Which makes Frisaro’s other point about 20MPH winds very questionable. Does South Florida weather routinely suffer from such strong gusts in the summer? Regardless, Frisaro continues:
I am glad they close the roof. Control atmosphere is great for the game. All new parks should be considering roofs. You see where the Nats wish they had a roof. They want to add one, but that was shot down. The Mets and Yanks each have billion dollar stadiums, and there are always rain delays or rain outs, or the elements are bad, leading to injuries and cancellations. Thank goodness the Marlins built the right stadium. I’d keep it close all 81 games, if it were up to me.
So regardless of any condition, Frisaro would keep the roof closed for all home games anyway – which begs the question, why build a retractable roof is you basically are going to treat it like a dome? Just to have natural grass? Frisaro tries to bring up an incident where Logan Morrison misplayed a windswept fly ball, costing, as he claims, Josh Johnson a win. Environmental elements are part of the game and Morrison had trouble chasing his own shadow, let alone a fly ball. Hardly a case to keep the darned roof closed. After all, players all have to deal with those conditions all the time – just look at Wrigley in Chicago.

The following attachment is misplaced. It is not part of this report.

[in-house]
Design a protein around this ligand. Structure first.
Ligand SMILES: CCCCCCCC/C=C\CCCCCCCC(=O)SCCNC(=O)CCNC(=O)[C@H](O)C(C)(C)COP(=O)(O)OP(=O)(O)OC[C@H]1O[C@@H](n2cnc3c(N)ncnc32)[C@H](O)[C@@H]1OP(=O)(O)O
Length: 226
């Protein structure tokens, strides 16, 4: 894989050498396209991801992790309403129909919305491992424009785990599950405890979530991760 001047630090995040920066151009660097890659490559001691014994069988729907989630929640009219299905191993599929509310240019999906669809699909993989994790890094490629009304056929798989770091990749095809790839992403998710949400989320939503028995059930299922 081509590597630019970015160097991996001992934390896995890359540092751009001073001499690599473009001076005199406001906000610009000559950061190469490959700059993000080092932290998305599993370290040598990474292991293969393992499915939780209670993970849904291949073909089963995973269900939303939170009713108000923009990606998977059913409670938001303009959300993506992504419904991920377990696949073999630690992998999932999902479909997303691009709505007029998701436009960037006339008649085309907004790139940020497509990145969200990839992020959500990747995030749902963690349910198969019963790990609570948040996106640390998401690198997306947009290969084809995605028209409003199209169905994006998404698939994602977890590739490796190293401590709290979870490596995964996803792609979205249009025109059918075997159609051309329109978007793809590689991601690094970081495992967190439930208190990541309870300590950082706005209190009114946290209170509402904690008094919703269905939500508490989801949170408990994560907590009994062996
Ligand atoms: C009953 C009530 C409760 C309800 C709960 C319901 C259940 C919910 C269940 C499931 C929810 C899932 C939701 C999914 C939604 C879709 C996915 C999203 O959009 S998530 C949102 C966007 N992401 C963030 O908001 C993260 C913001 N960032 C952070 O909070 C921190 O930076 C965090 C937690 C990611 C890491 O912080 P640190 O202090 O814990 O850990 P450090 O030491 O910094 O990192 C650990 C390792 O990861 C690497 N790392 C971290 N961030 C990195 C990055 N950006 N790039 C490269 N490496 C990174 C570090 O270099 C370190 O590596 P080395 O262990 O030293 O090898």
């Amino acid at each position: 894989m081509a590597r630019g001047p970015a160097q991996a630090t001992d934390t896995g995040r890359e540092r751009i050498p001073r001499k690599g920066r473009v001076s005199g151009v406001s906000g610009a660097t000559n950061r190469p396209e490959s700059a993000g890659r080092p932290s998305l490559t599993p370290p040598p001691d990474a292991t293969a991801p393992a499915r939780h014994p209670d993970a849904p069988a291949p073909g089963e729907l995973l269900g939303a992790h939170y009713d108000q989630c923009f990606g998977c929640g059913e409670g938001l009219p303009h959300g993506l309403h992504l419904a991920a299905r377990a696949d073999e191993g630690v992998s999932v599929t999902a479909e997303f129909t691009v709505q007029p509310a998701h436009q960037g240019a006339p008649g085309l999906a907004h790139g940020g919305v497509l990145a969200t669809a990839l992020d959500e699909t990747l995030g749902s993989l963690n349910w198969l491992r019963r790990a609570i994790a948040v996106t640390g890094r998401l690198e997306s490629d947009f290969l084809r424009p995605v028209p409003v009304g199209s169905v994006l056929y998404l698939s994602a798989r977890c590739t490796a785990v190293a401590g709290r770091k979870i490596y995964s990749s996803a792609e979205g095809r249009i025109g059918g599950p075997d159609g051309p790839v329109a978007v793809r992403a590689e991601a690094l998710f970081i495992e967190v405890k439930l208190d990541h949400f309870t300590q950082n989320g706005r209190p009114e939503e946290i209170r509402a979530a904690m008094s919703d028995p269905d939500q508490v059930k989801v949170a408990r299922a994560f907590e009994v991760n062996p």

One thing is certain: keeping the roof closed does not help the offense. They Marlins hit more home runs on the road and the opposition hit more home runs in Marlins Park than the Fish. The dimensions in the park are spacious, but there are other parks with similar dimensions that have more favorable power numbers. To put things in perspective, after Stanton’s 15 home runs at Marlins Park, the high on the team was 3 – Jeff Mathis, Derek Dietrich, and Justin Ruggiano. In fact, Jose Fernandez hit as many home runs at Marlins Park as Logan Morrison – 1. Juan Pierre also had 1 as did Placido Polanco.
Red Grooms’ statue doesn’t see a lot of action and in part it could be the dimensions and the roster that is failing to light things up beyond the left center wall. Keeping the roof closed may not help either, despite the need for rain threats and possibly extreme weather. Other than that, the roof needs to be opened and kept that was, as the rule and not the exception, otherwise what is the point of putting all that capital into a park that is essentially a dome?